Another real treat is the venue of the show itself. While the Paul Bunyan Playhouse is the producing company, the space is in the historic Chief Theatre in downtown Bemidji. Opening in 1933, it was a classic Art Deco movie house before 1992 when it was renovated to serve as the home of the Playhouse. As for Bemidji, well, how can I not love the fact that I get to spend my July with Paul and Babe. So if you happen to find yourself in northwest Minnesota this month, come by and check us out. The show is directed by Jim Williams and runs July 19th-23rd and 26th-29th.

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You wouldn’t have guessed it, but these two are a couple of serious theatre junkies.

 

 

 

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The Oresteia Strikes Back

For those of you who are interested, the adaption of The Oresteia that I was in last year is actually being published! The original is by Aeschylus, of course, but Minnesota writer and poet, Rob Hardy, turned the trilogy of Agamemnon, The Libation Bearers, and The Eumenides into one action-packed narrative.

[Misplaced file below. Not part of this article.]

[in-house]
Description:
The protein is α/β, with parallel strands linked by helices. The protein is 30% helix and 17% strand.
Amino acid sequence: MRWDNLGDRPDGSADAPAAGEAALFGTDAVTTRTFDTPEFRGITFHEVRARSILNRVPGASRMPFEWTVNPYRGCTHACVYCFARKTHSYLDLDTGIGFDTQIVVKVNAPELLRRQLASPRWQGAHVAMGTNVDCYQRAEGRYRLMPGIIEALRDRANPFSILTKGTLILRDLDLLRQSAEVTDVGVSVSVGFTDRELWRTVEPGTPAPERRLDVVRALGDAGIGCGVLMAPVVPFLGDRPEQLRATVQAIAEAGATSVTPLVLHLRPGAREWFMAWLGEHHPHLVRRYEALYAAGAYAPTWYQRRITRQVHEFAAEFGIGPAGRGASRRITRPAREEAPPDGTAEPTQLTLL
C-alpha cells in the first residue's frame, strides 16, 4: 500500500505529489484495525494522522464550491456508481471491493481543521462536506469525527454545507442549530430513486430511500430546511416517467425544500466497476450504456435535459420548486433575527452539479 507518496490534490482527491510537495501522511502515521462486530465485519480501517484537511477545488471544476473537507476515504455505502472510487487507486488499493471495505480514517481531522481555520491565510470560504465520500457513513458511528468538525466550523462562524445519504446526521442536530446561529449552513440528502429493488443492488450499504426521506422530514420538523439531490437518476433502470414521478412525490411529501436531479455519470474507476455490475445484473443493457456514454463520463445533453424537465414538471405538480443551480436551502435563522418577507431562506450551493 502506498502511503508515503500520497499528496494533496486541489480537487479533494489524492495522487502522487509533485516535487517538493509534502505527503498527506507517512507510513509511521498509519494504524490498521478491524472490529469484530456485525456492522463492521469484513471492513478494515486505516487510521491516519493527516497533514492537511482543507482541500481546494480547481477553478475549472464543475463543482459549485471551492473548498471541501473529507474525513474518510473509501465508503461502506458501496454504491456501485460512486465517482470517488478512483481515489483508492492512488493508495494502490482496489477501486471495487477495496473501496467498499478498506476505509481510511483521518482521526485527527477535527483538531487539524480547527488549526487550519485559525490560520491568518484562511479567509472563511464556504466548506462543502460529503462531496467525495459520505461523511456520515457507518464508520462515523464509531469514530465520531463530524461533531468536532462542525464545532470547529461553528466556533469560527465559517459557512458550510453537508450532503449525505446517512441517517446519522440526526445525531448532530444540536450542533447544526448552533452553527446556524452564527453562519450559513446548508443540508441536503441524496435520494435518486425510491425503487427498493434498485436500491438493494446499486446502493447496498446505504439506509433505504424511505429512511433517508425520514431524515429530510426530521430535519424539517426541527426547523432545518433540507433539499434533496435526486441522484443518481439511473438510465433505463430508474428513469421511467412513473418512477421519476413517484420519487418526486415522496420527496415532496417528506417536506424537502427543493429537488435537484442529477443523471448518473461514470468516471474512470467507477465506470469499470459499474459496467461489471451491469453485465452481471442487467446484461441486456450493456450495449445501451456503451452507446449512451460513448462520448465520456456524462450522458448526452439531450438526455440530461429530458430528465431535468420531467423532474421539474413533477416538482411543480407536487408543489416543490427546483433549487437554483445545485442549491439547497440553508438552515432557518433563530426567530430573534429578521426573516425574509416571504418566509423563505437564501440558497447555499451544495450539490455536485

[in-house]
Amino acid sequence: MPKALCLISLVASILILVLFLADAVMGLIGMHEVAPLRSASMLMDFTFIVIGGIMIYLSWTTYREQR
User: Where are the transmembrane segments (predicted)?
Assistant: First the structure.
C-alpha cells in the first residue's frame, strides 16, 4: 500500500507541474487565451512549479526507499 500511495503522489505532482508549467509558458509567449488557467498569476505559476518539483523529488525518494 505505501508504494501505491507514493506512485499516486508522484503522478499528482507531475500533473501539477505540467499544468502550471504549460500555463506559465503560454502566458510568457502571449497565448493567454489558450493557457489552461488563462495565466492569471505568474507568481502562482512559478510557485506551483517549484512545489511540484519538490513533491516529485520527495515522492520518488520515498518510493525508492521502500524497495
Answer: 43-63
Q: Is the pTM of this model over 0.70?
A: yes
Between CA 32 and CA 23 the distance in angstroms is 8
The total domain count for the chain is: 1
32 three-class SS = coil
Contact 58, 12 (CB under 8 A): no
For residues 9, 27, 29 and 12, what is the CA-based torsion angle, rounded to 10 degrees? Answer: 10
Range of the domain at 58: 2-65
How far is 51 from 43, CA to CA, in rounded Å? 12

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I think it’s pretty good and will definitely be getting my own copy, which includes a forward about the original production from Hero Now Theatre. Fun fact, this is the first time I have been listed as an actor in a published script!

Check it out here at http://heronowtheatre.org/store/

 

Romeo: Ah, Dear Juliet…

In just a few weeks I will have the enormous pleasure to portray Romeo in Mission Theatre Company’s Romeo and Juliet!

The show is directed by Penelope Parsons-Lord and will be at the Crane Theater in Minneapolis from June 2 – 17. What excites me most about doing this show is the chance to breathe some freshness into a story we all know. We all know what “violent delights” brings at the play’s conclusion, but what I’m challenged to do as a performer, is make you completely forget that the ending is as inevitable as all that.

That is my challenge and my joy. Romeo to me is not only a young lover but the embodiment of a love we all wish we knew. Whether it’s been lost or never had, that kind of undying, passionate, over-the-moon love is so beautiful and (whether it exists or not) the idea of it is enough to make us burst with emotion. Those feelings are certainly fueling Romeo’s desires, but it’s also the very real stakes of the play that really drive it all home.